Clare Champion, Friday, April 25, 2003
The Riches of Clare exhibition at the local authority-run Clare Museum charts the county’s history. In this article, John Rattigan writes about a quern stone, which was found at Kilmacreehy.
In February 1999, while investigating the medieval church site at Kilmacreehy, local historian Seán Spellissy found what he thought was a quern stone near the shoreline. Jim Higgins, the Galway City Heritage Officer, visited the site and confirmed the find as a “saddle” or “saddle back” quern stone.
Quern stones originated in the Middle East, where people first moved away from hunting and gathering as a source of food, and turned to agriculture, cultivating crops and domesticating animals. From about 8500 BC in Mesopotamia (the land between the Tigris and Euphrates rivers in modern Iraq), the seeds of wild grasses were collected and sown, becoming the early forms of wheat. Key to this development was irrigation, which took water from the Tigris and Euphrates turning the barren desert into fertile land, a move that was fundamental to the development of what we call “civilisation” today, as people for the first time exerted some control over their environment.
The emergence of agriculture led to a profound social revolution. While crops grew in the fields, time previously spent hunting and gathering could now be used to develop a more complex society, complete with an elite class, craftsmen, sophisticated laws, new buildings, and new technologies. Quern stones were invented at this time, and were necessary for grinding grain to make flour. With the introduction of cultivation into Ireland during our Neolithic period, about 4,000 BC, saddle querns also arrived.
Although there are a number of different types of quern stones, such as the rotary and beehive querns, the saddle quern is the earliest form. It gets its name because of its appearance: a rectangular stone with a concave upper surface on which grain was ground by using a rubbing stone.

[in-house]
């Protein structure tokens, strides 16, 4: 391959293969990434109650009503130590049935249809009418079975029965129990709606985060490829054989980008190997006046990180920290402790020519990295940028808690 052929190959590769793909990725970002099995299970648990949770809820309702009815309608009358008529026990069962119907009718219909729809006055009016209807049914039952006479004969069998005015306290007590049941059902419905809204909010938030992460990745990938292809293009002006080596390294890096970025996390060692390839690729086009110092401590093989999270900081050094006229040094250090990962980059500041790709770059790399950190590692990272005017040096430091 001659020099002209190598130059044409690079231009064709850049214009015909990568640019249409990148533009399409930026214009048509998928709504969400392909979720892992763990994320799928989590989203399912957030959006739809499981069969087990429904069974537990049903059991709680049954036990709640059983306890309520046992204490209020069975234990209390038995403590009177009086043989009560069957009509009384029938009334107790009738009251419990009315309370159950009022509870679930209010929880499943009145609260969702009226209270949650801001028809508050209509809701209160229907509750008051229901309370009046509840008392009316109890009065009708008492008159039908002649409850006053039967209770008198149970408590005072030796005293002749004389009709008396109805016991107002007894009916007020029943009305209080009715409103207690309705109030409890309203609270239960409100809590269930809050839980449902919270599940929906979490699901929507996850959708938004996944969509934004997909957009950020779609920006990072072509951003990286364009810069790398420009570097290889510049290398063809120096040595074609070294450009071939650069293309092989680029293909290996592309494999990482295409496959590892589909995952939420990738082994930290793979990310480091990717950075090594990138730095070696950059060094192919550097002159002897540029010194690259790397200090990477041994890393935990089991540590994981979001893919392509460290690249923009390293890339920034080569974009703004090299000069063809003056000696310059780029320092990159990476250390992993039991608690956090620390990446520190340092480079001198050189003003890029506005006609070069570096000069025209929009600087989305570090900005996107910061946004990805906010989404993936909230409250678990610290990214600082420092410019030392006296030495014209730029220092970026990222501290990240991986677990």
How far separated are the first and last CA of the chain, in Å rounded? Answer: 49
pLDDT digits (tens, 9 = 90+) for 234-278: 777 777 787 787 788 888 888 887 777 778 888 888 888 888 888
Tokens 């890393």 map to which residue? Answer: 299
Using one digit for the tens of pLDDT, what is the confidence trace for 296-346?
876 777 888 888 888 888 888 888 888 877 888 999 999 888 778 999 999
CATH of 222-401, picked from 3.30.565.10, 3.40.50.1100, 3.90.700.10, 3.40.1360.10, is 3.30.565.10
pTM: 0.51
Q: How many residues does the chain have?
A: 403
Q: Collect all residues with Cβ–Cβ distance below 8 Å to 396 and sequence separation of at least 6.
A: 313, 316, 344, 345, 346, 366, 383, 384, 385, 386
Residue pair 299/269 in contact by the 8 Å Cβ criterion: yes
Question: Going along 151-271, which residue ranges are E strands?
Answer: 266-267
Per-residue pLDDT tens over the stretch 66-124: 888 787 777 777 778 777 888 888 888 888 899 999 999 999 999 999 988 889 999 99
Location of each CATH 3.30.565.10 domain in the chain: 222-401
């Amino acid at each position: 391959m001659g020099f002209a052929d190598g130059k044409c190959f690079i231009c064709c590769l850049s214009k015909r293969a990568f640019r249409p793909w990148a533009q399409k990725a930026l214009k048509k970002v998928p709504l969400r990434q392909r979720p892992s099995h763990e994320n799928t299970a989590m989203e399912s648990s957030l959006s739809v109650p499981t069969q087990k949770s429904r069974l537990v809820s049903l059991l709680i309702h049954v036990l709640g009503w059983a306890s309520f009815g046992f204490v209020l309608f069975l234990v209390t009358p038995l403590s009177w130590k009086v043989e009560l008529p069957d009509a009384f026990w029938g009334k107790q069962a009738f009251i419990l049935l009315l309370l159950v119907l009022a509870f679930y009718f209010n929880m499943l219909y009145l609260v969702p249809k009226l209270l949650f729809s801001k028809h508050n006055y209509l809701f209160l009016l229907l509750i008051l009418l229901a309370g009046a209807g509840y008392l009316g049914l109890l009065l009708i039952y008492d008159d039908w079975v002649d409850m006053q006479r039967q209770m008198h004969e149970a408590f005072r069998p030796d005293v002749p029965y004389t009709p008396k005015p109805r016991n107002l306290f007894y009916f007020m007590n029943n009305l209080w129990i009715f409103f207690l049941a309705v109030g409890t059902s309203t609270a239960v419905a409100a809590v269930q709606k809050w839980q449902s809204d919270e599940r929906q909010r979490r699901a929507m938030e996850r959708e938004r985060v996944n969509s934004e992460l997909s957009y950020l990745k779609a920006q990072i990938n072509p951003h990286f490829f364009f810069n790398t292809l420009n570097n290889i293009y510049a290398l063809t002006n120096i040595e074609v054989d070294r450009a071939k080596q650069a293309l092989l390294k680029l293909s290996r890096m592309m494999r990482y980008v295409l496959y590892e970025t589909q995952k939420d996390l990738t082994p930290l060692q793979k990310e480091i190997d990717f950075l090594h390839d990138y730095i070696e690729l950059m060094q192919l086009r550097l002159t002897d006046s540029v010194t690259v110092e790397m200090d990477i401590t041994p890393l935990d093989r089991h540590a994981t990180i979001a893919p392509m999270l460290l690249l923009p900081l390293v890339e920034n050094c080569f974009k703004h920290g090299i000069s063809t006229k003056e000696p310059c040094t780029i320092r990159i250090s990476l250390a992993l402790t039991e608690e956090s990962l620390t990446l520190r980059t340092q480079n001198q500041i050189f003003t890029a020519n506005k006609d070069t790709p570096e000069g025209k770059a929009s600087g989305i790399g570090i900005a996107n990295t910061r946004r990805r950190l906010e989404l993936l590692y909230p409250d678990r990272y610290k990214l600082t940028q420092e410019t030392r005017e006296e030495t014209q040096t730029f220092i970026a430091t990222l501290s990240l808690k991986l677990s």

Interestingly, at about the same time as Seán Spellissy made his find at Kilmacreehy, archaeologists in the UK made a fascinating discovery. Neolithic bread – the earliest fragments of bread to be found in these Islands – was recovered during an archaeological excavation near Oxford. The bread was charred (which allowed it to be preserved) and was found in a pit with carbonised hazel nut shells and some artifacts, suggesting the find was the remains of a ceremonial offering, and giving us some idea of what ancient bread may have been like in Ireland. Radiocarbon dates suggested the bread was made between 3620 and 3350 BC, and further analysis showed the samples to be made up of a number of coarsely ground grains, including barley.
Several other saddle querns from Clare, all on loan from the National Museum of Ireland, are currently on display in the museum. Two examples come from Knocknalappa, a Late Bronze Age settlement site on Rosroe Lough near Newmarket-on-Fergus, while a third is from Cahercommaun, an Iron Age settlement on the edge of the Burren. Examples of two rubbing stones for saddle querns, necessary to grind the grain, are also on display, and both are from the Newmarket-on-Fergus area.
Following the recovery of the Kilmacreehy quern stone, Seán Spellissy, as required under the National Monuments (Amendment) Act 1994, reported the find to the National Museum of Ireland. Under the Act, the State has right to ownership of all archaeological objects found in the Republic, which have no known owner at the time they were found. Finders are required to report their discovery to the Director of the National Museum of Ireland, the Gardaí, or to the curator of Clare Museum, who is a designated person under the National Monuments Act. Archaeological objects will then be collected, and a reward, at the discretion of the State, may be made to the finder.
Eamon Kelly, Keeper of Irish Antiquities at the National Museum of Ireland, moved the Kilmacreehy saddle quern to Clare Museum, a designated building under the National Cultural Institutions Act 1997, thus keeping this ancient domestic object in Clare. It is now in storage, though it can be viewed by appointment or by logging on to the Clare Museum website hosted by www.clarelibrary.ie.